Isuzu Upbeat Despite Terrains

Isuzu Upbeat Despite Terrains

Isuzu Truck South Africa chief operating officer Craig Uren was surprisingly up- beat last week despite newly released figures from the National Association of Automobile Manufacturers of South Africa showing double-digit decreases in medium and heavy truck segments for August 2015 compared to the corresponding period last year.

Addressing the media in Port Elizabeth, Uren admitted the tough times could get even tougher. “We knew there was trouble on the horizon,” he said when referring to the slide of the rand over the past few weeks. “There is definitely concern going into next year as we try to know where the markets are heading.” Uren listed the factors that have many industry leaders jittery — low investment in the country, the high price of fuel, the challenge of solving unemployment, two ratings agency downgrades, toll roads and the fact that GDP is under pressure.

But it wasn’t all doom and gloom, and what had Uren sporting half a smile was that the recently concluded 100% buyout by Isuzu of Kanu Commercial Body Construction and Automotive Chassis Technologies was now put to bed and production had begun at the PE plant. “This acquisition complements our growth strategy. We believe the acquisition of Kanu and ACT will definitely enhance our current business structure.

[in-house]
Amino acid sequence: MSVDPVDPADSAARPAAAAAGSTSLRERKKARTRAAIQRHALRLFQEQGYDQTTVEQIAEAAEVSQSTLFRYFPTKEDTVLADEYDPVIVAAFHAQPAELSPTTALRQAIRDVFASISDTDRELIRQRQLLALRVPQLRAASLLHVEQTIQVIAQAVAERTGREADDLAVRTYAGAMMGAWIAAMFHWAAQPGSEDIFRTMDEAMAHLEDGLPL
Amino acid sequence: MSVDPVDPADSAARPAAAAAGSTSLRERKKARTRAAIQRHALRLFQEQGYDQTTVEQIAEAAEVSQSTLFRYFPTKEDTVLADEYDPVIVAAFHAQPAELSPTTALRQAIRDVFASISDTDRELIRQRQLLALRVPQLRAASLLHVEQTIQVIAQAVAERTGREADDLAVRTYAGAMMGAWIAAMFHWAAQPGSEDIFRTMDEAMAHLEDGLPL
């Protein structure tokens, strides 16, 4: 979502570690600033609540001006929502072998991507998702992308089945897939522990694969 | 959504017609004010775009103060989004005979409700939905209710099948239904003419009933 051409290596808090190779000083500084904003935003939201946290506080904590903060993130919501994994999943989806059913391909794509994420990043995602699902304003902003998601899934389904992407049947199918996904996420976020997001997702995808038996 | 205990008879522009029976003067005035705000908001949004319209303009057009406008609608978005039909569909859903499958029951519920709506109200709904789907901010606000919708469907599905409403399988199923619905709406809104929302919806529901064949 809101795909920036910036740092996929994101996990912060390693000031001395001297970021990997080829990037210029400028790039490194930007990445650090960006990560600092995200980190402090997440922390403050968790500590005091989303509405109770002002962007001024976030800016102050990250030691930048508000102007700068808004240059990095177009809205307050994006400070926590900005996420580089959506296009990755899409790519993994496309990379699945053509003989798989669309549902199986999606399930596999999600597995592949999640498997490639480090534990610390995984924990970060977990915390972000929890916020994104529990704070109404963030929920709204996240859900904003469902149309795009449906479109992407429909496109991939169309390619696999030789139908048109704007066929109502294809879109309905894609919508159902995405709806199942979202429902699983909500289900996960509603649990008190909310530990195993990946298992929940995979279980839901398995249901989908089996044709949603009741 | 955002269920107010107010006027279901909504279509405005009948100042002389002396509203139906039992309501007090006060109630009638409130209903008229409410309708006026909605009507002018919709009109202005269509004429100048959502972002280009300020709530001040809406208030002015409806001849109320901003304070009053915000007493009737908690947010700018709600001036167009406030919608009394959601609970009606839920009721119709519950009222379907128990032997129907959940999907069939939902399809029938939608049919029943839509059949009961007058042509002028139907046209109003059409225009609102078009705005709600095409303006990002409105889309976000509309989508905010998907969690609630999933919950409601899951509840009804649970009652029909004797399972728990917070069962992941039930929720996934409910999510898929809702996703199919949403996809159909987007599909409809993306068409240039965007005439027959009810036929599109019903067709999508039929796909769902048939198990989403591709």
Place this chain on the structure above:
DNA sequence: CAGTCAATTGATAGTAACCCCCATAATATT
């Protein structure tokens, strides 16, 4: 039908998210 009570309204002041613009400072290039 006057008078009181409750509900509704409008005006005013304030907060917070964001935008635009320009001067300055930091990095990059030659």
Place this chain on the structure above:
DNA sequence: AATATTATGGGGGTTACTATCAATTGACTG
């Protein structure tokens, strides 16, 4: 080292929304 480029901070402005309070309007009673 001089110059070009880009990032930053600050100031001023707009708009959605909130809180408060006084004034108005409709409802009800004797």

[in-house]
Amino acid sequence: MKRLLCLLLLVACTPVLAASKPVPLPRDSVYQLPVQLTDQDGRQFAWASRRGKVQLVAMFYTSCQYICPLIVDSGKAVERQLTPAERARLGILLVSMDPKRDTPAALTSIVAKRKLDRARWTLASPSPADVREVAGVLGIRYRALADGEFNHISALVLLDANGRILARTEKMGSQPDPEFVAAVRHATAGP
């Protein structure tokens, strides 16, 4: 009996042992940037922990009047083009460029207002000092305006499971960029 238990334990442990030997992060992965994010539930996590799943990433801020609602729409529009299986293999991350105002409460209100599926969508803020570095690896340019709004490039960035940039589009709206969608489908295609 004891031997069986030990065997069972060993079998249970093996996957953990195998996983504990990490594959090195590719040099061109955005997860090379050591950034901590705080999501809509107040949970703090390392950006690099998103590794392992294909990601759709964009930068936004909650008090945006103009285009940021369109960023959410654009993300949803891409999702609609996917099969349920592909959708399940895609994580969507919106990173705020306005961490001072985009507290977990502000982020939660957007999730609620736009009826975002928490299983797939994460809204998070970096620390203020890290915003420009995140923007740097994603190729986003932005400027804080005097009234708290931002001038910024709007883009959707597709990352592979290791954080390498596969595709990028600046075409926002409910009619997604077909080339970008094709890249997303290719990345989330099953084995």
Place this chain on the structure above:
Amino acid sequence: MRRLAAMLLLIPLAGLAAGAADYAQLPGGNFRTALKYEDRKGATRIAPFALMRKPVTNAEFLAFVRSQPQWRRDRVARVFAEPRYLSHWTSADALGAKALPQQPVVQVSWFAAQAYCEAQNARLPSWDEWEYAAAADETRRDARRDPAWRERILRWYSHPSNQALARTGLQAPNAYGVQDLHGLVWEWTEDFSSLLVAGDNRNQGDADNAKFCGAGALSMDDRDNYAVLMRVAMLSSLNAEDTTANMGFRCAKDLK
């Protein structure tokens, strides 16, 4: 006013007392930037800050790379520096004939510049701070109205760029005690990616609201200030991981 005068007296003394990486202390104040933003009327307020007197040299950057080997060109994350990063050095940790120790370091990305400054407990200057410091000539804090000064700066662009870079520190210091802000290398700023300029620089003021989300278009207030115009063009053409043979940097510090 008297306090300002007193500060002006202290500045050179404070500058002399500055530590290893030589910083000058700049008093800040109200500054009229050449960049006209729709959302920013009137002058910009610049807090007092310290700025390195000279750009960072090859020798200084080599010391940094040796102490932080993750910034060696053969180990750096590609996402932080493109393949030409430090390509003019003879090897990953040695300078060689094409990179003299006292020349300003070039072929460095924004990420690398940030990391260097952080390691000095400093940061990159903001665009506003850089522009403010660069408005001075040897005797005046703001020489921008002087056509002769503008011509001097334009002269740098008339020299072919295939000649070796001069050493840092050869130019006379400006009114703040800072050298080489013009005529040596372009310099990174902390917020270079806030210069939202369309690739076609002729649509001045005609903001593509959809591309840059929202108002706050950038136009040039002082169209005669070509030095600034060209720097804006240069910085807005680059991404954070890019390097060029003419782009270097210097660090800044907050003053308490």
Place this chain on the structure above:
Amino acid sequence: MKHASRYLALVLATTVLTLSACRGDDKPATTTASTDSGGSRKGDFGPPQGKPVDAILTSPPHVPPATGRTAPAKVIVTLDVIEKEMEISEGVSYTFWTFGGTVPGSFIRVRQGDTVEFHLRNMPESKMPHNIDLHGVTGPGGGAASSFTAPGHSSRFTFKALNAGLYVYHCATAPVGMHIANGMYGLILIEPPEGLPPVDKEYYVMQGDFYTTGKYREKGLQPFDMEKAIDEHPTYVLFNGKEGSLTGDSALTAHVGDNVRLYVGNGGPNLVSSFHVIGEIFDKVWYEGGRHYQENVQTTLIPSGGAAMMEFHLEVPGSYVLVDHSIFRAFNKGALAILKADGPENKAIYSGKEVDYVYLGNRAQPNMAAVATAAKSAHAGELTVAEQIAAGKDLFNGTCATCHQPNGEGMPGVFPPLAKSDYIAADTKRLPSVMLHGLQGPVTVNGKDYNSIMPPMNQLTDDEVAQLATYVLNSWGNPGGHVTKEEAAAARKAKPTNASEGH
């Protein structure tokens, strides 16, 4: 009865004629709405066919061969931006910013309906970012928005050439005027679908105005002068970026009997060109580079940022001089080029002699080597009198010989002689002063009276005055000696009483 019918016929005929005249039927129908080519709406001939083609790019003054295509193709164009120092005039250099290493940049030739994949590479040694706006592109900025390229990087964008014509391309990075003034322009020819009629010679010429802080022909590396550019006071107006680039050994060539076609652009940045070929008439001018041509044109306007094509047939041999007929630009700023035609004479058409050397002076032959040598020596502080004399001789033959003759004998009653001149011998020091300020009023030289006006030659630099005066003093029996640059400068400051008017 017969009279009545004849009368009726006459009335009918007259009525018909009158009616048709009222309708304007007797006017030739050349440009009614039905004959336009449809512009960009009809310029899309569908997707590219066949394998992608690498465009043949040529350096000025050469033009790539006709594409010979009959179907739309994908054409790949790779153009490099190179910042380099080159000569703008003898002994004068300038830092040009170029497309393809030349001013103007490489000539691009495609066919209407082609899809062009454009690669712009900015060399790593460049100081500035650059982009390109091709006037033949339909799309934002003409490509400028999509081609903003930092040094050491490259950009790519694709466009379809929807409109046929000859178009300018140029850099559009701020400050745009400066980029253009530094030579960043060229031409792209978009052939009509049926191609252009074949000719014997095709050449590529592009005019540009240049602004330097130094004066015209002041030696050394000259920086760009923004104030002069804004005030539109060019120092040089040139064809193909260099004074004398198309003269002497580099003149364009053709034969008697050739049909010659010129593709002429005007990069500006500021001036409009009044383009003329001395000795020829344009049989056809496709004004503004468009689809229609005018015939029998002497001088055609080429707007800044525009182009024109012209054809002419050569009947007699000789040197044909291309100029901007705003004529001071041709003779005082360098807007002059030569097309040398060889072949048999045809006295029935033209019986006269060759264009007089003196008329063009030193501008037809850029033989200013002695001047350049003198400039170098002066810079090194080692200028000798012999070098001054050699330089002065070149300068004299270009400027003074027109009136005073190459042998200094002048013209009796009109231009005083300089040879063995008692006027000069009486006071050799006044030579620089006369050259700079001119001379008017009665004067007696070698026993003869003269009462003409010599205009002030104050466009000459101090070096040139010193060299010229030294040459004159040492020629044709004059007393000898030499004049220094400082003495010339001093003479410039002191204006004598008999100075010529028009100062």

“The Move to acquire these entities will centralise the process of buying our processed from one central point of contact.” What the deal basically means is that Isuzu Trucks now has the capacity to initiate and build products according to client specifications at a centralised point. The greatest saving for the customer will be in time. Previously, it would take up to six weeks for changes to be made to a truck; now these adjustments can be made within a week.

It’s a new business cycle for the Japanese- owned Isuzu, but one that definitely has an eye on the future and, most importantly, taking care of customer needs. Clients can now have their vehicle modified according to exactly how they want it — whether it be for construction, waste removal, truck transportation or any other application. And it’s not just South Africa that Isuzu Trucks is targeting, with a foot in nine sub-Saharan countries. In Zimbabwe and Zambia alone, it projects it will sell between 100 and 150 units over a six-month period. As Uren said, “Africa is a happening place.”

-Bruce Fraser